Patents, Property, and Competition Policy

By Hovenkamp, Herbert | Journal of Corporation Law, Summer 2009 | Go to article overview

Patents, Property, and Competition Policy


Hovenkamp, Herbert, Journal of Corporation Law


I. INTRODUCTION ........................................................................................................ 1243

II. COMPETITION POLICY AND PATENT PROPERTY: BOUNDARIES AND PRIORITIES ...... 1247

A. Walker Process and the Boundary Problem ....................................................... 1248

B. Uncertain Boundaries and Patent Lawsuit Settlements ..................................... 1251

C. Priorities, Standard Setting and Holdup ............................................................ 1252

III. COMPETITION POLICY UNDER CLEAR PROPERTY RIGHTS ....................................... 1254

IV. WHO BENEFITS FROM AMBIGUOUS OR OVERLY BROAD PATENT BOUNDARIES AND PRIORITIES? ..................................................................................................... 1256

V. CONCLUSION: PATENT FAILURE, INTEREST GROUPS, AND COMPETITION POLICY ... 1257

I. INTRODUCTION

Should competition policy have a more prominent role than it currently has in helping the patent system promote innovation? In many other regulated industries the antitrust laws have a role, although often attenuated, in promoting competition. As regulation is less "complete. there is generally more room for antitrust. For example, the role of antitrust has tended to increase under deregulation.1 While the two most recent Supreme Court decisions on the issue refused to apply the antitrust laws to agency regulated practices, both did so because the Court believed that the regulatory agencies in question were taking an active and effective role in monitoring competitive problems.2

In many ways the patent system resembles partial regulation. First, the patent application process involves a petition to a government agency followed by a largely ex parte procedure in which the agency and the applicant negotiate the issuance of a patent. Unlike many other regulatory regimes, there is no automatic period of public comment or objection by third parties.3 In any event, once a patent issues the process of agency regulation largely comes to an end for that particular patent. Nearly all subsequent government supervision comes from the courts through privately initiated lawsuits. To be sure, judicial inquiries during this period may relate back to the regulatory process-for example, a Walker Process antitrust claim may require reconsideration of the circumstances under which a patent was obtained, but this task generally befalls the court or perhaps the Federal Trade Commission or International Trade Commission, rather than the Patent & Trademark Office (PTO) itself.4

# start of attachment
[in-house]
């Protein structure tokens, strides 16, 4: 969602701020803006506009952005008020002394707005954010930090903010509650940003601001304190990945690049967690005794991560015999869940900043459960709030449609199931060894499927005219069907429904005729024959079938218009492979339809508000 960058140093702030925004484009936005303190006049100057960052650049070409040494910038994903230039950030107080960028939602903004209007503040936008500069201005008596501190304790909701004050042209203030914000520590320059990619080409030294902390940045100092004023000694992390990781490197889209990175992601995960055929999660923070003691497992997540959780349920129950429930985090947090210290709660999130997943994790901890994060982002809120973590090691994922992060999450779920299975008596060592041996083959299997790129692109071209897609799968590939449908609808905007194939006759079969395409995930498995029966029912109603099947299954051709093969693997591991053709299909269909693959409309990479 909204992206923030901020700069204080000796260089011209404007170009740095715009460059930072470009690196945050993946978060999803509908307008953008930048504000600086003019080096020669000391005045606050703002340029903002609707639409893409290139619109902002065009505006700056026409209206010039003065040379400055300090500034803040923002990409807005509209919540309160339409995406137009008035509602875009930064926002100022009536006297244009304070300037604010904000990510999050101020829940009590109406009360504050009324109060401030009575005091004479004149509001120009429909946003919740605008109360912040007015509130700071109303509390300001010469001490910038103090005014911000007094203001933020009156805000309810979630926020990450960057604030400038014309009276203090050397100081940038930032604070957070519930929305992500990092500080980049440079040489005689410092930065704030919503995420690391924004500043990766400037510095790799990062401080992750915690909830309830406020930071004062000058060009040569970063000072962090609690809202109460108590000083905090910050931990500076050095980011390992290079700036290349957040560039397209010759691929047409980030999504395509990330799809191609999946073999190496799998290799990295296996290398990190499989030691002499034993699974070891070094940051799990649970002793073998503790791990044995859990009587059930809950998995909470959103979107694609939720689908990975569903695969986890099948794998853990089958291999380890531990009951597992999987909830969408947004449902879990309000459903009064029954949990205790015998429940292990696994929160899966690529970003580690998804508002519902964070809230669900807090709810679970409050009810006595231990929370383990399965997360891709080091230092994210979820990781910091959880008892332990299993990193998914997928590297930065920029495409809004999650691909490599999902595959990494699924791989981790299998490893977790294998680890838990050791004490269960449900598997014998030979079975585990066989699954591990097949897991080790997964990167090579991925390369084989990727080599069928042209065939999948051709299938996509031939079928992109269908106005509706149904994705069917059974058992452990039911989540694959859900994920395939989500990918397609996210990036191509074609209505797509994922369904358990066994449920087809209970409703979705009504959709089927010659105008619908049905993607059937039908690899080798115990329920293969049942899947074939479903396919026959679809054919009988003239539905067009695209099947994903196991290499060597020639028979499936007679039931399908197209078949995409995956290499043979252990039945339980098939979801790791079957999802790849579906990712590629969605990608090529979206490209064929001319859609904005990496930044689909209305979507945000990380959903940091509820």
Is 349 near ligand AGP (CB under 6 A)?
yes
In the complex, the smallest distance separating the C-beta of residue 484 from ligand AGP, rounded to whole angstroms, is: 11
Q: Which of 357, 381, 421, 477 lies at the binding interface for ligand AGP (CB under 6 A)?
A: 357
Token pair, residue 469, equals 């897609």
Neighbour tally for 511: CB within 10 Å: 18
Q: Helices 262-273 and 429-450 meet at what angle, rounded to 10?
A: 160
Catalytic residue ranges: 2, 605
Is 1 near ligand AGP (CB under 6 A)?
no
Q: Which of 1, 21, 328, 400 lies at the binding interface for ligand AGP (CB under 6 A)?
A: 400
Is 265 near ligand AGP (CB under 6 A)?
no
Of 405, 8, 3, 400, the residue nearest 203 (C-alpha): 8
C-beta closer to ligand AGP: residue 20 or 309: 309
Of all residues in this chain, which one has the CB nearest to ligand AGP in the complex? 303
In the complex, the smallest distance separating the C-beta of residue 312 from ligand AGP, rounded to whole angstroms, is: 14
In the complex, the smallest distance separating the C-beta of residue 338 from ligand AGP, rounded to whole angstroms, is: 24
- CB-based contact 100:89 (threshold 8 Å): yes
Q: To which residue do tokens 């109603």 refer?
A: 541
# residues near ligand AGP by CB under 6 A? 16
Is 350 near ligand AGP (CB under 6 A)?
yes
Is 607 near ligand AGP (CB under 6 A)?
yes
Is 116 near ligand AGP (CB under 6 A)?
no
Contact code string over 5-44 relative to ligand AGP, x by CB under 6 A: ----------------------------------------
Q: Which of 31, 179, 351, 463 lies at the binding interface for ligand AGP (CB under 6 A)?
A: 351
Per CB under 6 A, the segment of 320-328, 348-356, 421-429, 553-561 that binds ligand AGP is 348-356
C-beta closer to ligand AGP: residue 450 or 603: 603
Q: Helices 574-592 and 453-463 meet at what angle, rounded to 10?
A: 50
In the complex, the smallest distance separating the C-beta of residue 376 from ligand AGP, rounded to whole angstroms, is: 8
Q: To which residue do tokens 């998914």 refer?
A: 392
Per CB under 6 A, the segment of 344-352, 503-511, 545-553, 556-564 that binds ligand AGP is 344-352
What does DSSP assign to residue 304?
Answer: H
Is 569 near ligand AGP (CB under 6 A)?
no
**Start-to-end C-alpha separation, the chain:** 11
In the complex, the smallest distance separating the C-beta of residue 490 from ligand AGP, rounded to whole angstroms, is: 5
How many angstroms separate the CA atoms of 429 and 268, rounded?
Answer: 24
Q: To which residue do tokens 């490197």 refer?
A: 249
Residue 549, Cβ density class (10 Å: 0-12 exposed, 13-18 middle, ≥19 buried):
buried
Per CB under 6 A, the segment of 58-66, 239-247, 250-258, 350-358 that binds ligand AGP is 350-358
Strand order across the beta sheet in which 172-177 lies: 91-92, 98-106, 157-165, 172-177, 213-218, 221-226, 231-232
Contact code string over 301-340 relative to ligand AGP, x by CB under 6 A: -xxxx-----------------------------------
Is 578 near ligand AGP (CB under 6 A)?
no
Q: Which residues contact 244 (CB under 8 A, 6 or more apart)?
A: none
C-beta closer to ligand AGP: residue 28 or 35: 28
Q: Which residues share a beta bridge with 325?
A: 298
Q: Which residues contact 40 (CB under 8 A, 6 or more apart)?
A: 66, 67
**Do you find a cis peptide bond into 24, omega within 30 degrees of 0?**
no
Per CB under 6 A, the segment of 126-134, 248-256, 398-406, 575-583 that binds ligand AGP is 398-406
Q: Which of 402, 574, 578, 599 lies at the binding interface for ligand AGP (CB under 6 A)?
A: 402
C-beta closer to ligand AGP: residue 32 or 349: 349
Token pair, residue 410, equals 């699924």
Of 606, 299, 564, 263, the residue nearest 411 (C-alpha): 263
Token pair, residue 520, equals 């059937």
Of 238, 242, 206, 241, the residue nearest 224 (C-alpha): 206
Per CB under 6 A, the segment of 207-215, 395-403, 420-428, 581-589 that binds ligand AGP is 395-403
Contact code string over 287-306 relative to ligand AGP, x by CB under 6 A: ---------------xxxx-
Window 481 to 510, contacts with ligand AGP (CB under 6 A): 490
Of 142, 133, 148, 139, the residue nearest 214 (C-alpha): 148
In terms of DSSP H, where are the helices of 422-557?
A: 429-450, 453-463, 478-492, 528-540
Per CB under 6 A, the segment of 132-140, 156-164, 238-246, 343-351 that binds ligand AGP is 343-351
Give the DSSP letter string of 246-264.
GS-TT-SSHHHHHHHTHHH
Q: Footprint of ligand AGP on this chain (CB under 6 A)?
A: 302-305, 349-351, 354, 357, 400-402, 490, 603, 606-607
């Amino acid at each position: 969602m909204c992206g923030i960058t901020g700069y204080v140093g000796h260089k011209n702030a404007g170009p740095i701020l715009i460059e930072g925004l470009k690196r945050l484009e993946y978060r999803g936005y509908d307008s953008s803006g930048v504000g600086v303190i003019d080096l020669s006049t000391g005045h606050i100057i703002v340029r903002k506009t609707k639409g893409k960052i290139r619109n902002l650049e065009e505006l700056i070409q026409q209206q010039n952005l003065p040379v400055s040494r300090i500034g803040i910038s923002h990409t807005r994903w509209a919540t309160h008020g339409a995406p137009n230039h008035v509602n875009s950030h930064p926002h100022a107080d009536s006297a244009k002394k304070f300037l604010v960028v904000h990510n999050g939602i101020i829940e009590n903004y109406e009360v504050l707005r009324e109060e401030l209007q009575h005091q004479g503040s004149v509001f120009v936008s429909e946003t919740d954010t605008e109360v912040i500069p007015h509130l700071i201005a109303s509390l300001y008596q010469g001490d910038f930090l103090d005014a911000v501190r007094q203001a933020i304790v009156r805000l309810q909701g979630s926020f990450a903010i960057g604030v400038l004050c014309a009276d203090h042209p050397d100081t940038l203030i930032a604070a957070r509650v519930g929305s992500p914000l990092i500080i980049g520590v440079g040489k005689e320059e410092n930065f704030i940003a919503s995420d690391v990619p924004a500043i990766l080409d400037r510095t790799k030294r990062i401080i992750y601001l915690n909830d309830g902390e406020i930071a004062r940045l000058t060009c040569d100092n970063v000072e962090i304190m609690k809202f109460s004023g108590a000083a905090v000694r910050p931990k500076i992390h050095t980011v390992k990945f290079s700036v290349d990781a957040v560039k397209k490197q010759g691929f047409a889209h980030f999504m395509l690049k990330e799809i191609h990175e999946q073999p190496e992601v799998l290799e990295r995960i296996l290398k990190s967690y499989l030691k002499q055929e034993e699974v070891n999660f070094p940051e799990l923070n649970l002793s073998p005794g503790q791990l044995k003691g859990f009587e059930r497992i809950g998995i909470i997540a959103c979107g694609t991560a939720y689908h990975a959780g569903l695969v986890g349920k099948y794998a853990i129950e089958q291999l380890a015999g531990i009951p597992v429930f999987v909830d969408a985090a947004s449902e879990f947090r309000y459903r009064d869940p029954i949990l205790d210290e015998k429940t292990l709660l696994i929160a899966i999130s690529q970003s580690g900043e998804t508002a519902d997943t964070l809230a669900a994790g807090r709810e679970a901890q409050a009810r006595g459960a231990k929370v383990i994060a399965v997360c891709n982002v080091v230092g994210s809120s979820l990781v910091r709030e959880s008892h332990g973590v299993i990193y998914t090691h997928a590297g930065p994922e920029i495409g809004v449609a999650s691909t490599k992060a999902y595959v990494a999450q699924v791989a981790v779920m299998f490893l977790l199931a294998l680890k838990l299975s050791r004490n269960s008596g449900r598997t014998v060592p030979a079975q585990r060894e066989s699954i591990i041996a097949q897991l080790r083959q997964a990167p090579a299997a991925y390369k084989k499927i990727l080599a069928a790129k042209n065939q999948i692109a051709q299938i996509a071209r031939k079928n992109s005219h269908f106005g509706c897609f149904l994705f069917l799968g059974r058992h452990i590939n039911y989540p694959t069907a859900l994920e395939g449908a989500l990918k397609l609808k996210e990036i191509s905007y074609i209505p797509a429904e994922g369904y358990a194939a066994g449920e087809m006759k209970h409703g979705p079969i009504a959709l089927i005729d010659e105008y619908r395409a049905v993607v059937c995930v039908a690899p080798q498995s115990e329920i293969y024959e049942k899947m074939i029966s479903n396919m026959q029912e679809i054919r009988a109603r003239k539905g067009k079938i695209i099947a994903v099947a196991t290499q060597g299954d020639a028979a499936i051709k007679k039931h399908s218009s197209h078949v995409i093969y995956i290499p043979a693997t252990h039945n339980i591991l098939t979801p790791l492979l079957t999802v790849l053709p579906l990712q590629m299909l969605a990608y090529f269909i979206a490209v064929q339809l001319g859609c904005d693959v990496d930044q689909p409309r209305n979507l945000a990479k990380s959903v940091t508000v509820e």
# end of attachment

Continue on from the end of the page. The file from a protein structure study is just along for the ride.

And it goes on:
The decision to regulate generally involves the identification of markets where simple assignment of property rights is not sufficient to produce satisfactory competitive results, usually because some type of market failure obtains.5 By contrast, if property rights are well defined at the time they are initially created and can subsequently be traded to some reasonably competitive equilibrium, then regulation is thought not to be necessary. In such cases the antitrust laws have a significant role to play in ensuring that the market can be as competitive as free trading allows.

One problem with the patent system is that it has neither significant ongoing regulation nor a clear and effective initial assignment of property rights that serves to make the market perform competitively. One could attempt to correct this system either by defining the initial assignment of property rights more clearly or else by imposing more elaborate regulation that continued through the period subsequent to patent issuance and perhaps even for the remainder of a patent's enforcement life. Most of the proposals for reform would prefer the former course of action.

Historically the antitrust laws treated patents as a species of monopoly. Judges spoke of the "monopoly patent grant," and were strongly suspicious of exclusive or collusive practices that they viewed as unauthorized attempts to expand patent rights.

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